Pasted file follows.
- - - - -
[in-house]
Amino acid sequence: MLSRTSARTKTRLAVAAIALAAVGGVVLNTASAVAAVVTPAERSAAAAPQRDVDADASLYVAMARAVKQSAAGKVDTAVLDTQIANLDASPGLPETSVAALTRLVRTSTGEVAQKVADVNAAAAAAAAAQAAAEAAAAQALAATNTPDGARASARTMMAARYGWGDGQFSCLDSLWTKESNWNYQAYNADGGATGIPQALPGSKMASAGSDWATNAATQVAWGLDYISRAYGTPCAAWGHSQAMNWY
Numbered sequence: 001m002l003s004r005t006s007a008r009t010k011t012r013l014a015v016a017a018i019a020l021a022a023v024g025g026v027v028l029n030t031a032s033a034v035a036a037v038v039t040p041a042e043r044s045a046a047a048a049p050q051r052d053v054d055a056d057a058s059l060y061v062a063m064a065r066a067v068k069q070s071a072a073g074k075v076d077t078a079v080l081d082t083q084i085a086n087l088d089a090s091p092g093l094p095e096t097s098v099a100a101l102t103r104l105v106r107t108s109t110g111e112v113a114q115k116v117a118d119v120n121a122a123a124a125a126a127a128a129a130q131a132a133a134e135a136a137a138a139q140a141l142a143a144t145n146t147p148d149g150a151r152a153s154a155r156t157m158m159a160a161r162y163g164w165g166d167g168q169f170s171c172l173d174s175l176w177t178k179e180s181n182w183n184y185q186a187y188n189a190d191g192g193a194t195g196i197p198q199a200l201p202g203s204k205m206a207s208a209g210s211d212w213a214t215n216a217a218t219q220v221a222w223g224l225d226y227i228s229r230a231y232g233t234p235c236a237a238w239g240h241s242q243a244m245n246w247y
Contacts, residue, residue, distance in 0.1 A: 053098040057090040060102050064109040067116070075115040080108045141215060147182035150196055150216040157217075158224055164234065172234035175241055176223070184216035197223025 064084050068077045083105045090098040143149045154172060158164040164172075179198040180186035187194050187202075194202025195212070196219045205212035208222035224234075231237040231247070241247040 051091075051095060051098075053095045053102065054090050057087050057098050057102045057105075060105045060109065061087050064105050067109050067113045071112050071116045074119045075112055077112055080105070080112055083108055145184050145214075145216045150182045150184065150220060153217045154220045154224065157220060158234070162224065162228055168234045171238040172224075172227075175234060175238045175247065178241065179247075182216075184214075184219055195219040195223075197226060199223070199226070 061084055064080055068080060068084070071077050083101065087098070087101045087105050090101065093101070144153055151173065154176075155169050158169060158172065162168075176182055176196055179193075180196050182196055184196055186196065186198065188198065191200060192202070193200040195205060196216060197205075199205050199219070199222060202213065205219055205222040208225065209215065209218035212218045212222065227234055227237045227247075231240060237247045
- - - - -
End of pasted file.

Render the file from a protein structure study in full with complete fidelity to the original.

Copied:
[in-house]
Amino acid sequence: MLSRTSARTKTRLAVAAIALAAVGGVVLNTASAVAAVVTPAERSAAAAPQRDVDADASLYVAMARAVKQSAAGKVDTAVLDTQIANLDASPGLPETSVAALTRLVRTSTGEVAQKVADVNAAAAAAAAAQAAAEAAAAQALAATNTPDGARASARTMMAARYGWGDGQFSCLDSLWTKESNWNYQAYNADGGATGIPQALPGSKMASAGSDWATNAATQVAWGLDYISRAYGTPCAAWGHSQAMNWY
Numbered sequence: 001m002l003s004r005t006s007a008r009t010k011t012r013l014a015v016a017a018i019a020l021a022a023v024g025g026v027v028l029n030t031a032s033a034v035a036a037v038v039t040p041a042e043r044s045a046a047a048a049p050q051r052d053v054d055a056d057a058s059l060y061v062a063m064a065r066a067v068k069q070s071a072a073g074k075v076d077t078a079v080l081d082t083q084i085a086n087l088d089a090s091p092g093l094p095e096t097s098v099a100a101l102t103r104l105v106r107t108s109t110g111e112v113a114q115k116v117a118d119v120n121a122a123a124a125a126a127a128a129a130q131a132a133a134e135a136a137a138a139q140a141l142a143a144t145n146t147p148d149g150a151r152a153s154a155r156t157m158m159a160a161r162y163g164w165g166d167g168q169f170s171c172l173d174s175l176w177t178k179e180s181n182w183n184y185q186a187y188n189a190d191g192g193a194t195g196i197p198q199a200l201p202g203s204k205m206a207s208a209g210s211d212w213a214t215n216a217a218t219q220v221a222w223g224l225d226y227i228s229r230a231y232g233t234p235c236a237a238w239g240h241s242q243a244m245n246w247y
Contacts, residue, residue, distance in 0.1 A: 053098040057090040060102050064109040067116070075115040080108045141215060147182035150196055150216040157217075158224055164234065172234035175241055176223070184216035197223025 064084050068077045083105045090098040143149045154172060158164040164172075179198040180186035187194050187202075194202025195212070196219045205212035208222035224234075231237040231247070241247040 051091075051095060051098075053095045053102065054090050057087050057098050057102045057105075060105045060109065061087050064105050067109050067113045071112050071116045074119045075112055077112055080105070080112055083108055145184050145214075145216045150182045150184065150220060153217045154220045154224065157220060158234070162224065162228055168234045171238040172224075172227075175234060175238045175247065178241065179247075182216075184214075184219055195219040195223075197226060199223070199226070 061084055064080055068080060068084070071077050083101065087098070087101045087105050090101065093101070144153055151173065154176075155169050158169060158172065162168075176182055176196055179193075180196050182196055184196055186196065186198065188198065191200060192202070193200040195205060196216060197205075199205050199219070199222060202213065205219055205222040208225065209215065209218035212218045212222065227234055227237045227247075231240060237247045